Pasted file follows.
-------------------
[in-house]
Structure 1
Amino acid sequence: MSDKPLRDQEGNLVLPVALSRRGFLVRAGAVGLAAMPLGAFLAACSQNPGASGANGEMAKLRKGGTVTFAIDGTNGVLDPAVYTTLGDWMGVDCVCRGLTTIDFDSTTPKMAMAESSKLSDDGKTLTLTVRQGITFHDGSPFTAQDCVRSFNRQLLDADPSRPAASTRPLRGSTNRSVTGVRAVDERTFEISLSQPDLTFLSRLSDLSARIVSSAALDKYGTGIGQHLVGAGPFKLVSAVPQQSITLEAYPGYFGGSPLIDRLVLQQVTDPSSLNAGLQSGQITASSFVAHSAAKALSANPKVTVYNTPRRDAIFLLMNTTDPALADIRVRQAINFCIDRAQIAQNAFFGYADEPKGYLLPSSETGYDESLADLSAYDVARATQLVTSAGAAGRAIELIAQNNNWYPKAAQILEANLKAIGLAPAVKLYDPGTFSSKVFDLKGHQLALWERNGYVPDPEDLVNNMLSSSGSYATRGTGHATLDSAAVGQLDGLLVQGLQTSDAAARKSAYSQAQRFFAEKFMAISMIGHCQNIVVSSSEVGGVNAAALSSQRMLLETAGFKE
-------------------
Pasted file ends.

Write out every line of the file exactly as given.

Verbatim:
[in-house]
Structure 1
Amino acid sequence: MSDKPLRDQEGNLVLPVALSRRGFLVRAGAVGLAAMPLGAFLAACSQNPGASGANGEMAKLRKGGTVTFAIDGTNGVLDPAVYTTLGDWMGVDCVCRGLTTIDFDSTTPKMAMAESSKLSDDGKTLTLTVRQGITFHDGSPFTAQDCVRSFNRQLLDADPSRPAASTRPLRGSTNRSVTGVRAVDERTFEISLSQPDLTFLSRLSDLSARIVSSAALDKYGTGIGQHLVGAGPFKLVSAVPQQSITLEAYPGYFGGSPLIDRLVLQQVTDPSSLNAGLQSGQITASSFVAHSAAKALSANPKVTVYNTPRRDAIFLLMNTTDPALADIRVRQAINFCIDRAQIAQNAFFGYADEPKGYLLPSSETGYDESLADLSAYDVARATQLVTSAGAAGRAIELIAQNNNWYPKAAQILEANLKAIGLAPAVKLYDPGTFSSKVFDLKGHQLALWERNGYVPDPEDLVNNMLSSSGSYATRGTGHATLDSAAVGQLDGLLVQGLQTSDAAARKSAYSQAQRFFAEKFMAISMIGHCQNIVVSSSEVGGVNAAALSSQRMLLETAGFKE